that they have imposed on their own artists. It’s just a delicious irony.
Do you want to pick a song to suggest that?
I think the position of the record companies comes from one of my favorite songs of 1978.
[I WANT TO SEDATED]
So you’re not terribly sympathetic to the major labels’ arguments, but since they're not making much cash on new songs, they’re increasingly relying on cash from the old ones. They’re really gonna miss it.
[SONG UP AND UNDER]
First of all, it's fair to say that there are arguments on the other side. The danger in this whole change, in this whole legal debate, and the danger that the record companies have actually focused on is what if this produces a fragmentation of rights, what if there are copyright claims, not just from the rock musicians, but from the backup singers, from the recording engineer, the sound engineer? All of these people have played a role in the creation of the record. Could they all claim copyrights in it? At that point, in order to get permission to play the music, would you have to strike a deal independently with 10 or 12 people? That's called a rates thicket, and it's something that lawyers try to avoid.
I think, frankly, that prospect is overblown. I don't think the courts would do that. I think they’d draw a line under the artist and probably say that the backup singers don’t get a share of the copyright. But it's one that the record companies have been stressing in saying the copyright should stay safe, and they should stay with us.
Major labels have always made the argument that a few big releases pay for all the modestly selling experiments they might do. It’s essentially the same argument made by pharmaceutical companies. You know, you put in a lot of R&D, but maybe only one drug is a big hit.
Do you see any validity to that argument? If you deprive Sony of the profits from Kenny Rogers, will we see fewer sleeper bands that could one day be great?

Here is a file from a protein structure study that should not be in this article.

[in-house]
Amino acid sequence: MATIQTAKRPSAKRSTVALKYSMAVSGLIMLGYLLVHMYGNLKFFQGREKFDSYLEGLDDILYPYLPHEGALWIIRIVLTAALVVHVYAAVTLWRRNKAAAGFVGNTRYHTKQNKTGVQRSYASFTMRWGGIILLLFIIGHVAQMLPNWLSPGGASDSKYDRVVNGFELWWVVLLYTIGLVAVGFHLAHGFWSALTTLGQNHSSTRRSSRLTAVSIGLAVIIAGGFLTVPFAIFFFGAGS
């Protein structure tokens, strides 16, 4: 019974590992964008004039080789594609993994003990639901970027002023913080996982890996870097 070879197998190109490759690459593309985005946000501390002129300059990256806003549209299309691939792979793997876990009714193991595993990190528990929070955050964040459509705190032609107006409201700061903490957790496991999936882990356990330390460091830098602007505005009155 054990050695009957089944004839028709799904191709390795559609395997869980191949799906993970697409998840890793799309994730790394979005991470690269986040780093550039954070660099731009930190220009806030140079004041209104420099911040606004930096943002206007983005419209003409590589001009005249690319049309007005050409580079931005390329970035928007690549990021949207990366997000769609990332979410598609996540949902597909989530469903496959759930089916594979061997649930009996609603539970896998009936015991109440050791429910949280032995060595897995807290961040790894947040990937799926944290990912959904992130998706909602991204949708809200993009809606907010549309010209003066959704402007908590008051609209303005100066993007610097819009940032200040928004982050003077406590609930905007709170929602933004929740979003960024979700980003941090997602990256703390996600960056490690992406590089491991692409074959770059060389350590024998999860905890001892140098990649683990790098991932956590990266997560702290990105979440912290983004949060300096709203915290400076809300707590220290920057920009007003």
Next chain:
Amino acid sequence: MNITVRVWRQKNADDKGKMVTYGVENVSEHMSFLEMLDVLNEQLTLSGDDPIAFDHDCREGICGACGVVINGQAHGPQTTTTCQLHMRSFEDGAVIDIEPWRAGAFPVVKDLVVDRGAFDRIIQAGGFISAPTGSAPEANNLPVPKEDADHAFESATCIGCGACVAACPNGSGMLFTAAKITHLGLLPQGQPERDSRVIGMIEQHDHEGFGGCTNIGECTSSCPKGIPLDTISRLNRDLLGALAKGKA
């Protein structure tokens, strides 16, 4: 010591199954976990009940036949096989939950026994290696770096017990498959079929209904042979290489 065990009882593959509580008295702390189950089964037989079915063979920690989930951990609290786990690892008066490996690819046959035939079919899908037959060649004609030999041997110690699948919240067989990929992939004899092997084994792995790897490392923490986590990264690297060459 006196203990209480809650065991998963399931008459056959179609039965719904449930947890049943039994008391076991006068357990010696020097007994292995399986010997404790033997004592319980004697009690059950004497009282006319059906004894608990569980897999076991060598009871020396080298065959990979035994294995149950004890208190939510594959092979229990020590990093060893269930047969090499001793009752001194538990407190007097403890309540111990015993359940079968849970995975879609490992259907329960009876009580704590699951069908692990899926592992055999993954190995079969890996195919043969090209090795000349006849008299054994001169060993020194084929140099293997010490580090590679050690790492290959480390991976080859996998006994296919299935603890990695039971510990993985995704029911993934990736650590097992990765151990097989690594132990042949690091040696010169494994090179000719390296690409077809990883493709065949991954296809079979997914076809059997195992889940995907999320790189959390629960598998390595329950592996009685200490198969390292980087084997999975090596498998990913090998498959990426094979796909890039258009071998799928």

It’s a weak argument because they knew fine well, ever since the passage of the 1976 Copyright Act, that there was at least a great risk that these recordings would go back to the artists. That meant that they should have been pricing in those risks into the contracts they do, just as when you’re, you know, buying Greek bonds, you’re – you’re pricing in the risk of default.
Secondly, of all the times to say that we need these huge windfalls on the established hits of the late seventies in order to fund our future music pipeline, I think this is one of the worst, because it was true back in ‘78 that you really needed access to recording studios, to the airwaves, to a promotional network. You had to have distribution chains in order to get your music out there. And so, the recording companies could legitimately say, without us this music just won’t make it to the consumer.
That's a much harder argument to make now. And, in fact, some recent empirical studies have shown that despite file-sharing, despite all of the travails that the music industry is going through, there's a striking number of new artists who are being picked as the most creative in their fields by Pitchfork and other reviewing sites; it doesn't seem like the pipeline of new and creative musicians is slowing down, even though the record companies are claiming that their losses are at an all-time high.
So could you sum up this situation then with a song?
From the point of view of the record companies, I think that the ultimate answer is that, in the words of Gloria Gaynor, they will survive.
[I WILL SURVIVE]
James, thanks so much.
Thank you very much.
James Boyle is a professor of law at Duke University.